Edge computing can be the integration layer between your factory data and ERP systems. Just as edge computing can help you connect devices and processes without sending data to the cloud, it can also integrate factory floor data with ERP systems without cloud.
Companies are rapidly moving towards event-driven architectures and expectations for real-time automated digital processes. Edge computing can be a real-time, event-driven integration layer between factory floor data and enterprise systems that can help you accelerate and automate business processes and digital insights.
Reduced Storage Costs
Smart manufacturing involves a large amount of data that needs similar storage. Traditional local storage options can be inconvenient, and cloud services can be expensive. Storing data at the edge is the ideal middle ground. With edge storage, factories can choose to only send relevant data to their cloud solutions. By analyzing data locally and sending only the results or aggregated data to the cloud, the edge can act as a gateway.
In addition to reducing the pressure of cloud-based analytics, this also helps save storage costs. Some edge applications can even save some data locally. They do not need much storage, because each machine only processes its own operating data. The result is a segmented, organized and affordable data storage solution.
Pratiti’s PraEdge – an Edge Computing Platform
Pratiti has developed its own Edge Platform – PraEdge, for building IoT Apps on Edge to enable industrial device connectivity with a simple drag and drop interface, application deployment, and secure access to remotely located gateways.
Key Features of PraEdge are:
- It is meant for collecting data from various industrial systems, aggregate, analyse and connect it to cloud systems.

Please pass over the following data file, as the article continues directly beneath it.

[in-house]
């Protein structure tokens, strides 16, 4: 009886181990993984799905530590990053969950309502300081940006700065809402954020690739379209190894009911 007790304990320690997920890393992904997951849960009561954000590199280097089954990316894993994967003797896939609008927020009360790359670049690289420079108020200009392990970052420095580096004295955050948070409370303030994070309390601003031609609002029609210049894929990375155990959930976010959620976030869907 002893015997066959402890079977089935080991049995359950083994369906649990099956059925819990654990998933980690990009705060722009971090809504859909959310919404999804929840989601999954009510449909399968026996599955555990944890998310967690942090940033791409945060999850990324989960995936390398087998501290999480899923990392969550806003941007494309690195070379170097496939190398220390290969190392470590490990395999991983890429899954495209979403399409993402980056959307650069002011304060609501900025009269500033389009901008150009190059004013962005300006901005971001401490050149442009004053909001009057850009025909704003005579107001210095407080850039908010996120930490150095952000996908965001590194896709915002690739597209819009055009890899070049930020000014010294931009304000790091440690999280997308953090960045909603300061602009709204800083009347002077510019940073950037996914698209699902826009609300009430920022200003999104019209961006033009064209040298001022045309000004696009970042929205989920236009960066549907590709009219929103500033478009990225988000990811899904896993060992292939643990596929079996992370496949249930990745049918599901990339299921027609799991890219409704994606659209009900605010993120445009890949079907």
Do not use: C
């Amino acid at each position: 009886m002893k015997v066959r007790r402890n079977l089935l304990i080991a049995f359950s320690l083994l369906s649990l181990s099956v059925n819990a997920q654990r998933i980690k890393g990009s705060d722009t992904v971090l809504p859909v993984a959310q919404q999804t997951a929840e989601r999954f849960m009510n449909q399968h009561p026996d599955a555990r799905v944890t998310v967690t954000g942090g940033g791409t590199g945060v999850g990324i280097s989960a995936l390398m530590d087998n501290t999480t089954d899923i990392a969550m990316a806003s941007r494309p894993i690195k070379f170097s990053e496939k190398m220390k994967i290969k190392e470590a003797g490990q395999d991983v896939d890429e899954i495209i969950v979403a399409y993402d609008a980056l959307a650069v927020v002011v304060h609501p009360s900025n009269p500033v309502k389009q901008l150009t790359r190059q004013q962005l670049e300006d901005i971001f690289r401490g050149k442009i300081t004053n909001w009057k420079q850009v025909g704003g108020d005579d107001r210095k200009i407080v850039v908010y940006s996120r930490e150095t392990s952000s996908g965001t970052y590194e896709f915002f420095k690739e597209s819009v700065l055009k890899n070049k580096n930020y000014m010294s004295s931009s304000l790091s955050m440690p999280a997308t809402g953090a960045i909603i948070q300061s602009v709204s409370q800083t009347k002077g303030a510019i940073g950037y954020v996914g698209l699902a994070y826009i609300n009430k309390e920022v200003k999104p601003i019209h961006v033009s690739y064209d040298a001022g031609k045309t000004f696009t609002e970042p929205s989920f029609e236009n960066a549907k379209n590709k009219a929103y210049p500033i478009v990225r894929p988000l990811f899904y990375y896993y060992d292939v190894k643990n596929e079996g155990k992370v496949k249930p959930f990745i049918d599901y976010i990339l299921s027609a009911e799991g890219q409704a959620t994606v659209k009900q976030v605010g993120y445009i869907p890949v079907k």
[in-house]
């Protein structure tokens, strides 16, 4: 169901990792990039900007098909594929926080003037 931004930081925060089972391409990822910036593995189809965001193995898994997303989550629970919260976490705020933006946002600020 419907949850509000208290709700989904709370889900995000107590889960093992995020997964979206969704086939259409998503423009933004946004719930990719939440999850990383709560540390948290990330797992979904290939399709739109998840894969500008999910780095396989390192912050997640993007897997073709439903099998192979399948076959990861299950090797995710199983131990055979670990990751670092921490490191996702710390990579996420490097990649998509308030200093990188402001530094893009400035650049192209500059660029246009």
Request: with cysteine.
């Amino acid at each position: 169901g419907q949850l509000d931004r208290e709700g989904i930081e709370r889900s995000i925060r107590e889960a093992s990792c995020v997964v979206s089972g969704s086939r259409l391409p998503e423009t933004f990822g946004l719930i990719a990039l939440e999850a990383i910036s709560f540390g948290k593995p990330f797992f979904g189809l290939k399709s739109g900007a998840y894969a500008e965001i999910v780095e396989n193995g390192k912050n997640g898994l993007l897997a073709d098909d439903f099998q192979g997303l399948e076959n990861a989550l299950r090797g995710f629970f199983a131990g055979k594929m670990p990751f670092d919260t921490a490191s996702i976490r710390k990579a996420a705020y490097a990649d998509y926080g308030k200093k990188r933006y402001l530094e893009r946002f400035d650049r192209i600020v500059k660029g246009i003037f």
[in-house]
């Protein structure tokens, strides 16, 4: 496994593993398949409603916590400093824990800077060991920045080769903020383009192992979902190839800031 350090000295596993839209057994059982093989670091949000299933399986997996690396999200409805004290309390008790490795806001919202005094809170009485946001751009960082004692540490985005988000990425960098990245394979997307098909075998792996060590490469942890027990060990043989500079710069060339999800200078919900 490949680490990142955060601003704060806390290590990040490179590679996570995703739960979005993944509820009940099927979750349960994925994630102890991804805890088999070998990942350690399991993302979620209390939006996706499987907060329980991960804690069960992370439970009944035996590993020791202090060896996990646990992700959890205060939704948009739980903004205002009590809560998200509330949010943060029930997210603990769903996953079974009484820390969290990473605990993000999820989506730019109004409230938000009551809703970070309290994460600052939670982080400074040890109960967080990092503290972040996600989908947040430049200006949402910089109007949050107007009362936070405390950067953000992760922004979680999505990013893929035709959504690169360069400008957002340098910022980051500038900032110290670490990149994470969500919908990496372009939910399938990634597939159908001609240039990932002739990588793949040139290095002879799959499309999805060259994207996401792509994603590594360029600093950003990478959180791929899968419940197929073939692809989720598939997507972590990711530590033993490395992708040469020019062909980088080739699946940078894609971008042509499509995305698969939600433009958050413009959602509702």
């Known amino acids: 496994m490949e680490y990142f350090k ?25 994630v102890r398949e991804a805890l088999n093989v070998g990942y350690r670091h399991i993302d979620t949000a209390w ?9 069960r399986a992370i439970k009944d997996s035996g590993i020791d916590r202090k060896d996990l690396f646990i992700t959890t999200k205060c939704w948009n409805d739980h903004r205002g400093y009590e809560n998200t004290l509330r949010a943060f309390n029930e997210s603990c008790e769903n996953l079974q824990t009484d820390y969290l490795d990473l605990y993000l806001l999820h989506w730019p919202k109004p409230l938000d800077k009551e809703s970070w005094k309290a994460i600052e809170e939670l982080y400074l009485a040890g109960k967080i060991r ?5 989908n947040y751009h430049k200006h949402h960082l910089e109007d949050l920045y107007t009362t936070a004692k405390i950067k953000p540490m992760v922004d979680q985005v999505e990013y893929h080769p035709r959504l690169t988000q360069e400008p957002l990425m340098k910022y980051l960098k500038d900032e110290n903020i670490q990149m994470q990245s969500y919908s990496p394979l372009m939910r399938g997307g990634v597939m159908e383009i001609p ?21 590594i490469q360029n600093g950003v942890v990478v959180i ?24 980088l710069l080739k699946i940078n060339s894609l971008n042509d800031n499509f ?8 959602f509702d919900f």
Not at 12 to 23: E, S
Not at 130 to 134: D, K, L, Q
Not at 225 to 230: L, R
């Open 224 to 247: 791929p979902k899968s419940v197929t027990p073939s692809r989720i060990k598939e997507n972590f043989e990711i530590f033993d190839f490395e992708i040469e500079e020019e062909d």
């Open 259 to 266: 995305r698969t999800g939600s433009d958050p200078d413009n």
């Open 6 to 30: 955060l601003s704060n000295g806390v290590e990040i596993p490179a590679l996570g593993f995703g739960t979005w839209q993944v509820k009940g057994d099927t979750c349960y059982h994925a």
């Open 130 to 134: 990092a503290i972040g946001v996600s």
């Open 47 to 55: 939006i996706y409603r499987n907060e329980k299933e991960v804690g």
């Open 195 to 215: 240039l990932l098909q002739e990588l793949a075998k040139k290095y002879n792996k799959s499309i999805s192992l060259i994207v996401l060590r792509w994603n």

- Industrial systems include Sensors, PLCs, Industrial Controllers, SCADA systems or Historians.
- It is meant for on-premises of Discrete Manufacturing, Process Manufacturing, Power Generation, Water Distribution, Sewage Treatment etc.
- It is meant for various requirements of IoT apps ranging from data acquisition services to building full-fledged apps to run within plant firewalls.
- It is deployable on Industrial PCs or Windows Servers or Linux Servers.
- Benefits include maximum privacy & security, enablement of proactive use cases, lower bandwidth & latency issues, reduced hosting costs and real time insights and triggers.
The future of Industry 4.0 depends on edge computing. Industry 4.0 can only go so far. If the IoT is a computing step after the cloud, then the edge is the next logical step after the IoT. If this technology is not adopted, Industry 4.0 will not be able to develop all its functions and realize its maximum potential.
This transition is almost inevitable but will not happen overnight. The speed at which the manufacturing industry can enter the next industrial revolution depends on the speed at which it implements these latest technologies. To realize the maximum potential, it is important to adopt edge computing and make it a cornerstone of your digital transformation initiatives, wherever applicable. To start your edge journey, reach out to us today!